A few weeks ago I tossed out a question to the Web Comm staff over email: What are some blogs you like? In other words, what's Web Comm reading?
The answer: A lot. We're a diverse bunch here--developers, writers, editors, managers, administrators, and often several of those at once--and that's reflected in what we read. We're also a little goofy and zany at times (more on that later!). Dump that in an office suite, stir liberally, let stand near a computer, and you get a reading list that looks a bit like this (cue up some background music, please).
If there's one place where everyone's interests converge, it's social media. Mashable, one of the more all-encompassing social media blogs, came up a few times in the responses I received, as did Chris Brogan's blog. Because the very nature of social media is connection and convergence, most of the blogs that cover it do so in combination with one or more other topics, or from a specific perspective. It's hard to talk about social media without talking about the technology behind it or without discussing what it is that people are being social about. Some of the more tech-oriented blogs Web Comm reads--sites like TechCrunch and Web Worker Daily, both mentioned by developers--also have a heavy social media component these days. You just can't talk about communicating on the web, or the nuts and bolts of the web, without talking about social media.
There's also a whole category of blogs about higher education and the web that are popular with Web Comm. The web is the web is the web, you might say, but in higher ed, we work with different constituencies with different information needs and varying levels of technical skill and understanding, and it's helpful--and I'll admit it, at times a good reality check--to read what others in the same boat are doing and thinking about. Georgy, our managing editor, is particularly in tune with this genre of blogs, and collegewebeditor.com, .eduGuru, and Karlyn Morissette's blog are some of the places we turn to for information on trends and innovations in web marketing and communications within higher ed, and for comic relief that sometimes hit a little close to home, more than one person mentioned Tales from Redesignland.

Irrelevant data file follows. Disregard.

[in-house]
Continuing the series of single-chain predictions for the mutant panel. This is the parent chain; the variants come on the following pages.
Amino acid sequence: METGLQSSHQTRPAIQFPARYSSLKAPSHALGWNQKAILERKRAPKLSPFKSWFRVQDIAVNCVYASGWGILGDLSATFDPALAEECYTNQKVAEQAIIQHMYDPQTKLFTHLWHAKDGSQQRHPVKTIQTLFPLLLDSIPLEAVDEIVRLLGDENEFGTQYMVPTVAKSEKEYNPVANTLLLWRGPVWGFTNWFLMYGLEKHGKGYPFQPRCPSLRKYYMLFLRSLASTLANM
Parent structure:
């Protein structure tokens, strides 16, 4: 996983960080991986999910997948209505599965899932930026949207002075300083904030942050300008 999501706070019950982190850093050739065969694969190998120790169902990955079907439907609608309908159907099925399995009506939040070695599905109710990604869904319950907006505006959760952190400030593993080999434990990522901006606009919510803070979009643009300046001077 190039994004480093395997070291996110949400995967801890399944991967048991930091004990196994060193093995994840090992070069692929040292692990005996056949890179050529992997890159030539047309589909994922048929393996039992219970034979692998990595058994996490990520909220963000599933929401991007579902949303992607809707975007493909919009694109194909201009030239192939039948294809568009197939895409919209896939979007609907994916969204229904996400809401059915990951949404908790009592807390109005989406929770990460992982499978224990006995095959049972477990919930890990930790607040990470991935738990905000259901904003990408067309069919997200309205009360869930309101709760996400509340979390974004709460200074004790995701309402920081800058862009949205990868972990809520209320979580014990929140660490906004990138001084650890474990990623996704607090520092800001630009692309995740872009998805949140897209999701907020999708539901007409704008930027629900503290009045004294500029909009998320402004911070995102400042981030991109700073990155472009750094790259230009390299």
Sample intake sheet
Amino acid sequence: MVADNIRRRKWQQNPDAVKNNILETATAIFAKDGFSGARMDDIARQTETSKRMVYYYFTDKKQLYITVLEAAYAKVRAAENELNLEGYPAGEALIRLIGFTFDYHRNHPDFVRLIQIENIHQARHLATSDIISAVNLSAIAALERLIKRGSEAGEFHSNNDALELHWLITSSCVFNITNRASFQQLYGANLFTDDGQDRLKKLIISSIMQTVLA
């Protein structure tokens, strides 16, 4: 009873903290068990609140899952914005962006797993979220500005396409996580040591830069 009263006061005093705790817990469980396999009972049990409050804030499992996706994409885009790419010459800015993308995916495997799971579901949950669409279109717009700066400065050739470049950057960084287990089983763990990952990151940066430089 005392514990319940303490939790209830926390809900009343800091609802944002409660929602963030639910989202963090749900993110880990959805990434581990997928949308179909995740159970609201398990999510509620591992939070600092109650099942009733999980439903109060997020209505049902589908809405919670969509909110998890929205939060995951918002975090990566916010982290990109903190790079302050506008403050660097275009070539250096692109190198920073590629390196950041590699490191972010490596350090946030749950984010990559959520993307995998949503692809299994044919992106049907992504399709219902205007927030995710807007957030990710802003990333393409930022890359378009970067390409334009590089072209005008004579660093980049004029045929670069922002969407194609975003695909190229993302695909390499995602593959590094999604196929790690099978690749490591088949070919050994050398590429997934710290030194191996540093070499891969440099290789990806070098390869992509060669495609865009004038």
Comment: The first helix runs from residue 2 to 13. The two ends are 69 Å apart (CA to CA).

Many of us in Web Comm would identify as journalists or recovering journalists, and even if we weren't, we'd probably follow what's going on in journalism. News organizations, in spite or perhaps because of precarious financial situations, are at the heart of many of the debates about the future of content and communications on the web. I can't start my day without a little doom and gloom from Jim Romenesko at the Poynter Institute, and for heavy thinking about where journalism is going, The Nieman Lab is not to be missed. The Columbia Journalism Review's suite of blogs, including The Kicker, offers an insightful critique of the full spectrum of journalism, and for astute media criticism from a local voice, a lot of us turn to Dan Kennedy's Media Nation (dork moment: we sat next to him at an AEJMC event in Boston in August!). Engaging blogs about the practice of journalism abound, and two of our favorites are Adam Westbrook's blog, which has a focus on multimedia, an area where we're expanding our reach, and the diverse and fascinating 10,000 Words.
You can start reading here if you've been skimming until now because you're just interested in the zany side of Web Comm. Web Comm is a state of mind, as I like to say, and a grab bag of hobbies and interests creates that state of mind. Kaitlin likes The Uniform Project. Teresa doesn't miss Neatorama (exactly what it sounds like!) or Mike Reiss's ESPN blog about the New England Patriots. Georgy and I often greet each other with, "Did you see Passive-Aggressive Notes today?" Web comics like xkcd and Cat and Girl are popular, and the list wouldn't be complete without two of my favorites, Boston.com's first-rate photojournalism showcase The Big Picture and the flashback-inducing We Have Lasers!!!!!!
But... the prize for best answer to my question goes to Mike, one of our developers, who submitted one blog, and one blog only: Upcoming Horror Movies. That, my friends, is Web Comm, and what we are reading.